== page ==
AL KHOR, Qatar -- Kylian Mbappé’s immense sense of joy was written all over his face.
The France forward’s mouth opened as wide as could be and his eyes squinted tight in elation after what he had just witnessed at the World Cup.
France’s fragile 2-1 lead in a tough quarterfinal match on Saturday was still intact after England forward Harry Kane sent a penalty kick high over the bar in the 84th minute. The defending champions held on to win 2-1 and make their way back into the semifinals.
Kane is one of the most reliable penalty takers in world soccer, and his first chance from the spot in the 54th minute had evened a back-and-forth game at 1-1. Missing the second was a surprise to everyone.
Mbappé knew it and let his glee show, a reaction that some may find disrespectful but can easily be excused given what was at stake.
Then, when the final whistle blew, Mbappé stood alone in the center circle leaning back with both arms raised.
At the age of 23, he is only two games away from winning the World Cup for a second time.
That is rarified air to breathe. Only the great Pele’s two World Cup wins by the age of 21 — in 1958 and 1962 — compares.
France, meanwhile, is looking to become the first team since those illustrious Brazil squads from 60 years ago to retain the title.
Mbappé and France will return to Al Bayt Stadium on Wednesday for a semifinal match against a Morocco team on its own mission. The Moroccans became the first team from Africa and the first from an Arab nation to reach the World Cup semifinals by beating Portugal 1-0.
Mbappé heads into the final week of the tournament as the top scorer with five goals, one more than Lionel Messi and Olivier Giroud, and with as many as the entire Morocco team in five games.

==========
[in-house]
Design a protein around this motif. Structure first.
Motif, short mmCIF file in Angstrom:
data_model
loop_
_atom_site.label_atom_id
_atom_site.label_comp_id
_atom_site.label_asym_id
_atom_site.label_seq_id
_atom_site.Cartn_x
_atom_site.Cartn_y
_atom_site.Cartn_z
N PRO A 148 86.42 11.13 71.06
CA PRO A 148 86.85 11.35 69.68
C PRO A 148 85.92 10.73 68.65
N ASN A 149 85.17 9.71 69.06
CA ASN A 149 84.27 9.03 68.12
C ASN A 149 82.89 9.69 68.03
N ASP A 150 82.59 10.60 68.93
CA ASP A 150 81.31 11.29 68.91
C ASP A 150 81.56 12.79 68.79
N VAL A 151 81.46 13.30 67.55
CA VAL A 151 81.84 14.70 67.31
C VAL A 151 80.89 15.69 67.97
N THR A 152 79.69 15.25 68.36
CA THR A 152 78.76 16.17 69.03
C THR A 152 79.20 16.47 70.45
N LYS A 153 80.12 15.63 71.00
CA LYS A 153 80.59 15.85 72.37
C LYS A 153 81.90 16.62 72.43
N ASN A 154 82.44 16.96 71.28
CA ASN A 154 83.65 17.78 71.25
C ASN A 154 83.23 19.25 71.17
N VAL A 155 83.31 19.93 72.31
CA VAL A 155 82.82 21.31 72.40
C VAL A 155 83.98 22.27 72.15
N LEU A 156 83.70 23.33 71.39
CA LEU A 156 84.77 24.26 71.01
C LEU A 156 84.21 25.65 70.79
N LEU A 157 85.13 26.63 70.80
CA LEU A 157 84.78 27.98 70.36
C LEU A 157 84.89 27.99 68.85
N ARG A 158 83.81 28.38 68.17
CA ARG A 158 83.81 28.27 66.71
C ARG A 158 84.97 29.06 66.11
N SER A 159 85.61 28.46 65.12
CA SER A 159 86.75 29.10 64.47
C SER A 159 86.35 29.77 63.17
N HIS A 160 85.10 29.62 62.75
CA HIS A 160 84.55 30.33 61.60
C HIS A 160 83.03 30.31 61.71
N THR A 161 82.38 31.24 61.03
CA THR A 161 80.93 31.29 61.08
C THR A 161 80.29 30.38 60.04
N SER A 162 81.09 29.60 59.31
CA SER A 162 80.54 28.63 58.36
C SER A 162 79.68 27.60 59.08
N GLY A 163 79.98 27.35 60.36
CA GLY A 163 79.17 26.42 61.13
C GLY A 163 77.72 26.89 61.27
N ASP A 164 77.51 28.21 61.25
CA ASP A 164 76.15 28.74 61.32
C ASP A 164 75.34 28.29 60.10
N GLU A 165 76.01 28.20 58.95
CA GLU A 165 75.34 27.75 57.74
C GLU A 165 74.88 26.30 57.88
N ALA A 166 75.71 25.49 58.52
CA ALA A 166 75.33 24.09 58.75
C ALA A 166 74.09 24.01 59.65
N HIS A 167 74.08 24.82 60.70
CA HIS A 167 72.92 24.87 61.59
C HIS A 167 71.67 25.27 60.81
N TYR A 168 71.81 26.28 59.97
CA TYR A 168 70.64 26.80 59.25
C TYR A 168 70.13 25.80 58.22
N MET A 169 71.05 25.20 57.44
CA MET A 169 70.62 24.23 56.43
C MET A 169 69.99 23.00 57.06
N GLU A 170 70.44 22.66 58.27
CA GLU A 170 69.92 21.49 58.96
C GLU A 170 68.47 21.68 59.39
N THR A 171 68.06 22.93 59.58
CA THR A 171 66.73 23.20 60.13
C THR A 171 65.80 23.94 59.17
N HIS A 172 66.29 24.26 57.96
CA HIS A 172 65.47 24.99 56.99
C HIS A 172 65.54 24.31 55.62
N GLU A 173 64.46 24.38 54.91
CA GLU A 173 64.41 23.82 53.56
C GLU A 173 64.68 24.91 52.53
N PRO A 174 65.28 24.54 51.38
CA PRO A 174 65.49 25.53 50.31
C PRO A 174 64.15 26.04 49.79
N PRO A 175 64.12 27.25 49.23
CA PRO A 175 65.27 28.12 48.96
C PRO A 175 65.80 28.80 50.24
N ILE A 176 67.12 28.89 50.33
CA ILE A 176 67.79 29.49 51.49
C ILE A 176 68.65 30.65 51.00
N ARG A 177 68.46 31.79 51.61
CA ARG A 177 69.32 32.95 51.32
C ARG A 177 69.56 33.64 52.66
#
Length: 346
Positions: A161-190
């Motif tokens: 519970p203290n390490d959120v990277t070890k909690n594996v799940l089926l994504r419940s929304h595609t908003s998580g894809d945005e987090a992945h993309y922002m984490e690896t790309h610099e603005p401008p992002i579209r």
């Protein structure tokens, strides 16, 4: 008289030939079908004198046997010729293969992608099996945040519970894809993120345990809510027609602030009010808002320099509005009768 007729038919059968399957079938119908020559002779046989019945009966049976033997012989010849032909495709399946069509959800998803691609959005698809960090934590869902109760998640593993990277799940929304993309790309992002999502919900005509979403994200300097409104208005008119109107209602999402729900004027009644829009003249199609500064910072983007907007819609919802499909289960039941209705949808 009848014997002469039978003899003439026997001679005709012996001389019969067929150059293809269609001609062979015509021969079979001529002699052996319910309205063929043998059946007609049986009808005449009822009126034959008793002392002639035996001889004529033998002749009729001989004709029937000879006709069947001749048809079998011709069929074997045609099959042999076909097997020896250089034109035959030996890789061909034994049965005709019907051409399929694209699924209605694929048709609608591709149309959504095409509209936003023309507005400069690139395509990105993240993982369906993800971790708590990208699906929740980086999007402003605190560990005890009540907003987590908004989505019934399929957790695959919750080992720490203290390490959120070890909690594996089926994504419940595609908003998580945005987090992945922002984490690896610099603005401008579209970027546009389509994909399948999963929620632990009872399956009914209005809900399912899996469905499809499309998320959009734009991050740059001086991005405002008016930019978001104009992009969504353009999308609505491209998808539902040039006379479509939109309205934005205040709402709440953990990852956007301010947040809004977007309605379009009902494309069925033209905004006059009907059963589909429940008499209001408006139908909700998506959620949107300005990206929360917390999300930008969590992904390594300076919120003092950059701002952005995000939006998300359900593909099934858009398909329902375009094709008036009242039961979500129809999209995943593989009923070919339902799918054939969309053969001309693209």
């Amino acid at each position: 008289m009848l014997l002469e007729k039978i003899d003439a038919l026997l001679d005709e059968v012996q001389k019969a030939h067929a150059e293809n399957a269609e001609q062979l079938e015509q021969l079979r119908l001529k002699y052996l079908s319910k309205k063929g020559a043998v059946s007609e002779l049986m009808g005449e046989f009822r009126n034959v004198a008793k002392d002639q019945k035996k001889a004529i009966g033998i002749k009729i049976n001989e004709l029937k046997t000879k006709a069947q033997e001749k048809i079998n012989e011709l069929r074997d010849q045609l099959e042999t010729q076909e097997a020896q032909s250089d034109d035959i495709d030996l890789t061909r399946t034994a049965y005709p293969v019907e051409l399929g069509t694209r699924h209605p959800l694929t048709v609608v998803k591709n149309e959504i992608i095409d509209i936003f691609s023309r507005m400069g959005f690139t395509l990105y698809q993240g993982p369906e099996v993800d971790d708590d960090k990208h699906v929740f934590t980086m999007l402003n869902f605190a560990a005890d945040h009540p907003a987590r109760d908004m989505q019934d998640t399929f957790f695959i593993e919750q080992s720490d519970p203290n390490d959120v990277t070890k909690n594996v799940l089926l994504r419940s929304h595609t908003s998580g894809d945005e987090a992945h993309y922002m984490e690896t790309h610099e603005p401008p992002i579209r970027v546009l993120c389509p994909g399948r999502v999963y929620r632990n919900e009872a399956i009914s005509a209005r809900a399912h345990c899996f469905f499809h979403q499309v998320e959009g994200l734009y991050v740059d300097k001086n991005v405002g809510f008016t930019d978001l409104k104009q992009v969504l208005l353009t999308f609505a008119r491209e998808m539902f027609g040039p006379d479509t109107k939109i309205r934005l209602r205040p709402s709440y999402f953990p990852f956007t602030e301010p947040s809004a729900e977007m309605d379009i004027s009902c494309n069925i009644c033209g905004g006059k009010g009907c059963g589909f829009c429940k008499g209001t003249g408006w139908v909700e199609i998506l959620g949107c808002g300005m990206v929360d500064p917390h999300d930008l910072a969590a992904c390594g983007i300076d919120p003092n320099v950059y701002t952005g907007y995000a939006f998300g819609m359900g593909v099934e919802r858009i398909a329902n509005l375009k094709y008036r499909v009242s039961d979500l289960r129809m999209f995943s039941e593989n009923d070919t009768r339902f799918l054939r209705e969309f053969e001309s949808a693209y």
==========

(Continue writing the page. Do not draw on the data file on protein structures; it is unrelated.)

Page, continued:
His contributions to France’s win Saturday was in creating space for teammates by drawing England defenders across to his left flank and drifting into central areas. The jeers from the England fans that greeted Mbappé’s first touch in attack were a clear sign of the fear and respect he commands and receives.
The much-anticipated duel with speedy England right back Kyle Walker had no decisive winner, yet the threat posed by the France forward kept his marker mostly pinned back in his own half.
When Walker first fully supported an attack in the 17th minute, France broke quickly and scored.
Mbappé played his part by carrying the ball across the front of the England defense. When it came back from the right to Aurélien Tchouaméni, the midfielder sent a low shot into the net from 26 meters (yards).
When Kane stepped up to take England’s first penalty, Mbappé tried to delay his opponent’s preparations by walking up to goalkeeper Hugo Lloris for a double high-five. Kane hit the ball high to Lloris’ right as the goalkeeper dived left.
When Kane returned to the penalty spot 30 minutes later — and only six minutes after Giroud’s deflected header restored the French lead — Mbappé stayed well away from the scene.
He was soon laughing at the result.
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